I recently had a conversation with a friend (let’s call him Robert), who in his opinion screwed something up with a girl. I told him that I don’t see that he misbehaved (obviously he could have been a little more sensitive, but what happened, happened and it doesn’t change the facts). So, I told Robert that he just needs to be honest with her. Shouldn’t be that much of a problem as the point was ending the fling those two where having. Now here is the deal: She is creating drama and is reeling in another friend of his (Robert’s roommate and the one who introduced the two) to gang up against him and make him feel bad. The roommate now apparently is involved in the drama and against Robert, who is now worried what his friends think about him.

As the unnecessary drama is ongoing I can’t tell how it ends, but my stance on this is, that Robert needs to draw a line. He should be able to tell his roommate that he is not involved and that he should stay out of it. Again this doesn’t mean that the roommate can’t be a support for the woman, but he shouldn’t reflect whatever happened on Robert, especially because the relationship Robert had with the woman is completely different to what Robert and his roommate are connected about.

Boundaries belong to every relationship and they should be clearly set as only that way you can truly start to understand and accept each other. If someone doesn’t respect your boundaries and holds them against you, I would consider rethinking the depth of the friendship and if you two have understanding and respect enough for each other to considers yourselves close or just acquaintances.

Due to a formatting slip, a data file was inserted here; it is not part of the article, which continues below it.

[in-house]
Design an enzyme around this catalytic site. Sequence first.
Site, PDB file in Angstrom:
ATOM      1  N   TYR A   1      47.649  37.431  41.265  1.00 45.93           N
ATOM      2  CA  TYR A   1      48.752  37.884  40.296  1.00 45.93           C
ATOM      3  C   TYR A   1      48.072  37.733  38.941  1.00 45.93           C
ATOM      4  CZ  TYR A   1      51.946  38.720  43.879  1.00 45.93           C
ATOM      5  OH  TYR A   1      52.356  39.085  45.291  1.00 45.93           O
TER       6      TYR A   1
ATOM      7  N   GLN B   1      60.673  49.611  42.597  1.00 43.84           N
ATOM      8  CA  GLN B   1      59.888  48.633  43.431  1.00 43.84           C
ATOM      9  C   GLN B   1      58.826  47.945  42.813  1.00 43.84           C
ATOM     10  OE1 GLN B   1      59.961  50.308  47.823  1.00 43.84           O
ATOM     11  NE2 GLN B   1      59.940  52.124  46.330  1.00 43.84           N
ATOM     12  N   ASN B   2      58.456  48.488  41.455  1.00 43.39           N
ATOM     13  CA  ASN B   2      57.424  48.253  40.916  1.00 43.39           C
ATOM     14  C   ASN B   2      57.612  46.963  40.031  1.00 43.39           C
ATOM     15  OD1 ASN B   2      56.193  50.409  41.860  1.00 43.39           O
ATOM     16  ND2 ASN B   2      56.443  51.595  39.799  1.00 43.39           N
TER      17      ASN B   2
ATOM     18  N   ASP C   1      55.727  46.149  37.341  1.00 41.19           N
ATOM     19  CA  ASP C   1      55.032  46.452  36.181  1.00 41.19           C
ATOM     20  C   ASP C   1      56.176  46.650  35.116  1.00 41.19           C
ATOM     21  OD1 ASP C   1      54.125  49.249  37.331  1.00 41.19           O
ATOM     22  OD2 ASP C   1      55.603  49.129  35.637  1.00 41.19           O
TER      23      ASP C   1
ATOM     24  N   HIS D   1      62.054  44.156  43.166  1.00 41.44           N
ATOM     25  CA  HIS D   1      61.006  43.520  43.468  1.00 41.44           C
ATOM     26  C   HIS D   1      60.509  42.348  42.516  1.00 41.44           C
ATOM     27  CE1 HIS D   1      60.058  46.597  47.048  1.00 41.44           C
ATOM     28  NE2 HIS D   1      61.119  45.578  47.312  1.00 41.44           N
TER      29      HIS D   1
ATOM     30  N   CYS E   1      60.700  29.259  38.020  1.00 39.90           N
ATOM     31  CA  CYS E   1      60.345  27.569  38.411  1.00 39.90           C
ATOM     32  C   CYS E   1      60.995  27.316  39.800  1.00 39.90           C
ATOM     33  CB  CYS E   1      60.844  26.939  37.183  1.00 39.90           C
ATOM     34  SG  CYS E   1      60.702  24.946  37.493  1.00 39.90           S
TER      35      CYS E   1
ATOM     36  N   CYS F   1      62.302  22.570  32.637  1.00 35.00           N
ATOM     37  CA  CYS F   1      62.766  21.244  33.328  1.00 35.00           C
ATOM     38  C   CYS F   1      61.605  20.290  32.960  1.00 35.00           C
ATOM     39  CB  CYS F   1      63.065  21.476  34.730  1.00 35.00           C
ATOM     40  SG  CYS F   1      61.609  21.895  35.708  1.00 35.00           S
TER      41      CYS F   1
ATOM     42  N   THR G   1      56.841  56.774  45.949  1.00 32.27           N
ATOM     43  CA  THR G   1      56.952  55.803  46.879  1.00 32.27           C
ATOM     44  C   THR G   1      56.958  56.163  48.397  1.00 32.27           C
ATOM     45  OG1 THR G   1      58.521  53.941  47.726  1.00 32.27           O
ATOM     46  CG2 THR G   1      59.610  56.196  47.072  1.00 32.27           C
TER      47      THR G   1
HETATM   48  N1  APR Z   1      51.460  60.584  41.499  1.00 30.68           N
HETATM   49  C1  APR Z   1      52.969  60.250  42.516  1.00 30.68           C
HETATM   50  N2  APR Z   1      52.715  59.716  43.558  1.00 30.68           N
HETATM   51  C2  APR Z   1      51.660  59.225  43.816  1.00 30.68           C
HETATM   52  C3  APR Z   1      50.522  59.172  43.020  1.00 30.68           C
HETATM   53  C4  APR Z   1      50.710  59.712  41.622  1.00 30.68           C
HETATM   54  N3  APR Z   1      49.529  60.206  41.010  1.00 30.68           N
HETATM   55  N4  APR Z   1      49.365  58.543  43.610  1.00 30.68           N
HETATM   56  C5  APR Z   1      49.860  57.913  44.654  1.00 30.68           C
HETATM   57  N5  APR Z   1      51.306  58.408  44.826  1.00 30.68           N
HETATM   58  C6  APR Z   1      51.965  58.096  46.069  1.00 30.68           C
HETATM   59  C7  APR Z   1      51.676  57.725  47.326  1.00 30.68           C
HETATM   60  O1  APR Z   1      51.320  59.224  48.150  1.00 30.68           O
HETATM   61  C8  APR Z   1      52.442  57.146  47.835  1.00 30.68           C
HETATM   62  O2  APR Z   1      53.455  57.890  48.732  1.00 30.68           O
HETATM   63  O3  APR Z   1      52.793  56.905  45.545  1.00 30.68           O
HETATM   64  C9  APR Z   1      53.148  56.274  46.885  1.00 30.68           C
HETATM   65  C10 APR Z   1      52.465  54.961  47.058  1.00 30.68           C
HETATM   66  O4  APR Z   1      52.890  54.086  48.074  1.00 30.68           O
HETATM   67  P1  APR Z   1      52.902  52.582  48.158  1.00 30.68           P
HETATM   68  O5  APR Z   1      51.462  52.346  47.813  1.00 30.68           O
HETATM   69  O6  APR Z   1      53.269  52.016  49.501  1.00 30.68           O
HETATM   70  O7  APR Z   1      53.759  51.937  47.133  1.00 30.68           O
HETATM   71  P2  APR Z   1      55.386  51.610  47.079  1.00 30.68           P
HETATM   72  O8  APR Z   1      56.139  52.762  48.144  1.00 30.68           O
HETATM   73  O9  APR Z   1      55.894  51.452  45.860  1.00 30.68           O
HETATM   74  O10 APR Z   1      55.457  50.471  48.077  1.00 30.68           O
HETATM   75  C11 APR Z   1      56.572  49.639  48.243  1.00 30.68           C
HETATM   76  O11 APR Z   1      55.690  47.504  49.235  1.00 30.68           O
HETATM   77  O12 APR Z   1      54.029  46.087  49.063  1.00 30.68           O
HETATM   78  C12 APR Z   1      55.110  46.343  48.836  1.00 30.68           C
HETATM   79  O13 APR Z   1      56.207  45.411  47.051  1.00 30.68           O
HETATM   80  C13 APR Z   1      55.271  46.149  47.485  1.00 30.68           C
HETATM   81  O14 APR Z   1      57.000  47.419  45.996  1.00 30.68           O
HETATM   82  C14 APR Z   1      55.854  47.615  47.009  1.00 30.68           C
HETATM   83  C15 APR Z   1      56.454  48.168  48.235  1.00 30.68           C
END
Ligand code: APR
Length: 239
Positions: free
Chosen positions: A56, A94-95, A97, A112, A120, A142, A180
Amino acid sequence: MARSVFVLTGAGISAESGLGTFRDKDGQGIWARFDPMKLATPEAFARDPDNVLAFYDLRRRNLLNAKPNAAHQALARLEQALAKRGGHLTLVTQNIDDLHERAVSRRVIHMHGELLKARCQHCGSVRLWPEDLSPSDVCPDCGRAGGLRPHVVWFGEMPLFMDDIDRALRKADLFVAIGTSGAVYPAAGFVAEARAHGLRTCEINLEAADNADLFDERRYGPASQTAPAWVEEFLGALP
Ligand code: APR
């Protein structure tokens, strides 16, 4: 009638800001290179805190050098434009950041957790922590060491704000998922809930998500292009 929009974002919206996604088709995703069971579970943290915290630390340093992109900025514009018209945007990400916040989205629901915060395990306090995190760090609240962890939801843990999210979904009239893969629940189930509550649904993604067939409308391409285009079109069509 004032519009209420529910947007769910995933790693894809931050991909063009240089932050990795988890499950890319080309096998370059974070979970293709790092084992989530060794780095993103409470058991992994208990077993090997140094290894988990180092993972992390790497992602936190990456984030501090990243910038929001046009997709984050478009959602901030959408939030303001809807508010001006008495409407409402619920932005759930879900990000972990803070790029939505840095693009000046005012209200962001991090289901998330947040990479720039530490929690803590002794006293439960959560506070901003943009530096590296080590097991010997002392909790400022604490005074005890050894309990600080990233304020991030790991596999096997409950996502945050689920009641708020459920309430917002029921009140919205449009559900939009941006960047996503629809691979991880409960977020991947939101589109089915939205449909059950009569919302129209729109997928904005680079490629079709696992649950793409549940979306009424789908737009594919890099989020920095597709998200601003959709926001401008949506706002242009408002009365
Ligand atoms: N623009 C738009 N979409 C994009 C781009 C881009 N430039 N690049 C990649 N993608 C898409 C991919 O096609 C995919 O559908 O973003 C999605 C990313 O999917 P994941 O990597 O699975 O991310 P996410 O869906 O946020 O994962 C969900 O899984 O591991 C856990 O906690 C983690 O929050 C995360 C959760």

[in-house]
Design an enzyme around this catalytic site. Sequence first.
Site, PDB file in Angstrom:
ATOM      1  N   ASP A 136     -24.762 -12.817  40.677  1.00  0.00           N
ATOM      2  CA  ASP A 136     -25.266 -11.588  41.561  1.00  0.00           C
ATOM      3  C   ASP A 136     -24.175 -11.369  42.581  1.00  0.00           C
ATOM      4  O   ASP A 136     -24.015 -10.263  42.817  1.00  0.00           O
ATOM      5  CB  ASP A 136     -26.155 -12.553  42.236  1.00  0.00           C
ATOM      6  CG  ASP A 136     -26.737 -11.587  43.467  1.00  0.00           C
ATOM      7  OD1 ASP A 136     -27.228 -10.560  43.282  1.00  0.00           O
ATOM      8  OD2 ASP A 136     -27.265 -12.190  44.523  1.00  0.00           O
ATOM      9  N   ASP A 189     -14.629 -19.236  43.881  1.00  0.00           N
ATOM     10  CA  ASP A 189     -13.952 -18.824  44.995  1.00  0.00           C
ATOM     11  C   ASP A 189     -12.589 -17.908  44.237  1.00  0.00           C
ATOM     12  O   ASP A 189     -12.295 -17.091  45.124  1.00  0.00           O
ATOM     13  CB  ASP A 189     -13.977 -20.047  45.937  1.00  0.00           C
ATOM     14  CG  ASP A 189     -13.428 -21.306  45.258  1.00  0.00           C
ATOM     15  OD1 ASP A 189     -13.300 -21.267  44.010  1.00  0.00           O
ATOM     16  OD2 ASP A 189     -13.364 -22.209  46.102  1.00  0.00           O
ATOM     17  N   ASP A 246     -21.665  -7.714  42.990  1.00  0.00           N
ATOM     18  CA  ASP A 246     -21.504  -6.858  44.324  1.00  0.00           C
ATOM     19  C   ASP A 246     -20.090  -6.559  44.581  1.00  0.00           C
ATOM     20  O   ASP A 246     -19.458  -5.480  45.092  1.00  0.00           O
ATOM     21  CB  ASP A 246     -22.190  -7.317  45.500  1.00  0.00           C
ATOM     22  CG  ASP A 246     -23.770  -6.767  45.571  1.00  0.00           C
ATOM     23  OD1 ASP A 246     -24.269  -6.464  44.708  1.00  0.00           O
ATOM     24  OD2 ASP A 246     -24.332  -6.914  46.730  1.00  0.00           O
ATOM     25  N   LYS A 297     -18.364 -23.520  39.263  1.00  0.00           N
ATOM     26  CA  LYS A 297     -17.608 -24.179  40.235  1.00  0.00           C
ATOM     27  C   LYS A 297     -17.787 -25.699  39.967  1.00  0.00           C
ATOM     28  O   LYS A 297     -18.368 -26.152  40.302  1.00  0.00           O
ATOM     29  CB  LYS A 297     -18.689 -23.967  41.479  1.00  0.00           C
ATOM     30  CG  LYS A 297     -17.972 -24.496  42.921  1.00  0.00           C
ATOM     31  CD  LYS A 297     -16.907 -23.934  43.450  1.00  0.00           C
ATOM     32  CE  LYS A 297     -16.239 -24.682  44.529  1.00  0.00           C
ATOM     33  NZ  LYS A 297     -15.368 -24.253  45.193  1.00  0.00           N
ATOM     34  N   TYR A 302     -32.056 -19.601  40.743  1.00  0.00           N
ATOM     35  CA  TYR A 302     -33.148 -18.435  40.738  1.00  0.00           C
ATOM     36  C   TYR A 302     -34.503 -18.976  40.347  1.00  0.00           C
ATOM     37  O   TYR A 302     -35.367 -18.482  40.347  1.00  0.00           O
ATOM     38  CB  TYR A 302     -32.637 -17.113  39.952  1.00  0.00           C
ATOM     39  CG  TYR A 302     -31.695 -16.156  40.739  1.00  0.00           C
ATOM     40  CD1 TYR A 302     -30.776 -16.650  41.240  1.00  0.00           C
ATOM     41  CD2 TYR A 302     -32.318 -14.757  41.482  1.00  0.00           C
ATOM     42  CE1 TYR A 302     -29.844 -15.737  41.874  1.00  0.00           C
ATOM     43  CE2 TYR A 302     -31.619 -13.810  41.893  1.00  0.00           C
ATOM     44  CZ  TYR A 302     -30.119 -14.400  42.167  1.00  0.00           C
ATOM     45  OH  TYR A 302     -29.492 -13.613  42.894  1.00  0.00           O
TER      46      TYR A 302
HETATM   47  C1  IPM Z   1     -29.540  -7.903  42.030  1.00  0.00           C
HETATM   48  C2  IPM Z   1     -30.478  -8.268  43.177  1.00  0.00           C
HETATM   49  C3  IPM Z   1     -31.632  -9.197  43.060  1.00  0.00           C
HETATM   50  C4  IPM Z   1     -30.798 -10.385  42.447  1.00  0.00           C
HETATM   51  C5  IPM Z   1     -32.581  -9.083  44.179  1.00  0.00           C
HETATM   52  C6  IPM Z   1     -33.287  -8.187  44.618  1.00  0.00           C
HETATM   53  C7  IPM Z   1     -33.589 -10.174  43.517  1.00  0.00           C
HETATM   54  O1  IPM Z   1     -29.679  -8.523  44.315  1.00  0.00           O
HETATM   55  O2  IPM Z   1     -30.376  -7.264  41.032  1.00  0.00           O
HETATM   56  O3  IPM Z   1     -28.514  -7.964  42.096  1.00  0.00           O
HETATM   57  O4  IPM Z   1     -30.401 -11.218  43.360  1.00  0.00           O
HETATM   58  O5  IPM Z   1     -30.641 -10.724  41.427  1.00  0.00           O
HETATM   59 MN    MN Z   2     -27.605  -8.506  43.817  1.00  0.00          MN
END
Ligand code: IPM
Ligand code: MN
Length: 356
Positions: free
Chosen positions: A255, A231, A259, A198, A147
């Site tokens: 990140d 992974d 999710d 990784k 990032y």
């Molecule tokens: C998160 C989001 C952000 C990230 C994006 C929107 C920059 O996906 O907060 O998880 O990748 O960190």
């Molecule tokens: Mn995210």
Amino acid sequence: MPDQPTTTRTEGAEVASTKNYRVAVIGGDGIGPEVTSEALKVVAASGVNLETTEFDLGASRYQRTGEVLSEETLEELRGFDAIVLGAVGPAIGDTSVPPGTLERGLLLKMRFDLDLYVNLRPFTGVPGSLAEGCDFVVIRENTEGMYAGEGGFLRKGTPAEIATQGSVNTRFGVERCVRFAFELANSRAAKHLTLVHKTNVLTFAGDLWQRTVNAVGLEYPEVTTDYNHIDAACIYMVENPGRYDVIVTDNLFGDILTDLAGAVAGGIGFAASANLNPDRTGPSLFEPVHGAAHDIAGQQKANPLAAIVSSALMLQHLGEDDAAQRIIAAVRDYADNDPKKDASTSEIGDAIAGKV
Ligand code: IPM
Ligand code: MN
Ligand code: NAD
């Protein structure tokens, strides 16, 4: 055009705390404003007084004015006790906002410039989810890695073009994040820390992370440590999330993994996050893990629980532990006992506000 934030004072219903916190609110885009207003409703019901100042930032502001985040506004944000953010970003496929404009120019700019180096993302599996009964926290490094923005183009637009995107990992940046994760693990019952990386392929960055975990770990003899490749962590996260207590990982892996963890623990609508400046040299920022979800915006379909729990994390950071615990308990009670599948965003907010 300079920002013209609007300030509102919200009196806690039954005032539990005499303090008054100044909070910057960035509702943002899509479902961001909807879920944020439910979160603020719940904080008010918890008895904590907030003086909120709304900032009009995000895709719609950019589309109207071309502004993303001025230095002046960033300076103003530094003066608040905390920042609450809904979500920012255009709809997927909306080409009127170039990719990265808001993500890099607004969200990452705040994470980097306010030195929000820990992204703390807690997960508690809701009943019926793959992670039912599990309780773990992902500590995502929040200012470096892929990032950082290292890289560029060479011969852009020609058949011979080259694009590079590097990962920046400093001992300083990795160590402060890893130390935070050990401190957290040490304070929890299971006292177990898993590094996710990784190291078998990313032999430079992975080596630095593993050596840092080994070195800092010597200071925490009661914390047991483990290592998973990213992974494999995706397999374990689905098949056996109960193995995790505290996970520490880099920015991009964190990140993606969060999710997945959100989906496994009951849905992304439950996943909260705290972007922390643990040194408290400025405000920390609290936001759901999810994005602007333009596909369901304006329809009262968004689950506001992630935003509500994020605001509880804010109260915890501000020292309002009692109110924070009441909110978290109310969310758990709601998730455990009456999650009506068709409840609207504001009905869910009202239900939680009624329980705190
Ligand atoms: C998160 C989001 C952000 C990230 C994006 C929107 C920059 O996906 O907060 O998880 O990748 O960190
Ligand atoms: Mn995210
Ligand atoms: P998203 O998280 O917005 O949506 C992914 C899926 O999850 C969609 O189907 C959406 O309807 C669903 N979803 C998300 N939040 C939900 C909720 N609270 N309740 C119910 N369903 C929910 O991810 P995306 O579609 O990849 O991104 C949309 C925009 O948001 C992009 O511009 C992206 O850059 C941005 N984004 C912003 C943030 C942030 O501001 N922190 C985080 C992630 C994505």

The same goes for saying negative things. You can’t always support everything about a person. It is more a: I love that person despite a, b, or c. Also, we are all just humans. Depending on what is said, it also is important in which context: anger, drunk, unhappy, hurt? Feelings or alcohol don’t excuse everything that can be said, but then again if someone hurts you with their words so badly that you can’t forgive or feel misunderstood you might not be as good friends as you are expecting.

Expectations are mostly what breaks relationships. Especially the kind no one talks about. Just expecting something, doesn’t mean the other person knows about it and is hoping for the same. If you don’t say what you want, don’t hold it against the other person if you don’t get it. That is unfair because no one can look inside your head.

To come back around to the beginning: Expectations should never entail, that that person has to love/like everything about you and that they will never say a bad word or spill something they shouldn’t. We are all just humans and we all make mistakes. Important is to be told when we did something that hurt someone or was possibly wrong – and that in a way that enables communication not fights. In my experience most people are more than eager to apologize or change their behaviour if you give them the chance, that means don’t scream and don’t insult and don’t attack. After all, it’s what you felt, not necessarily what the person really meant to do.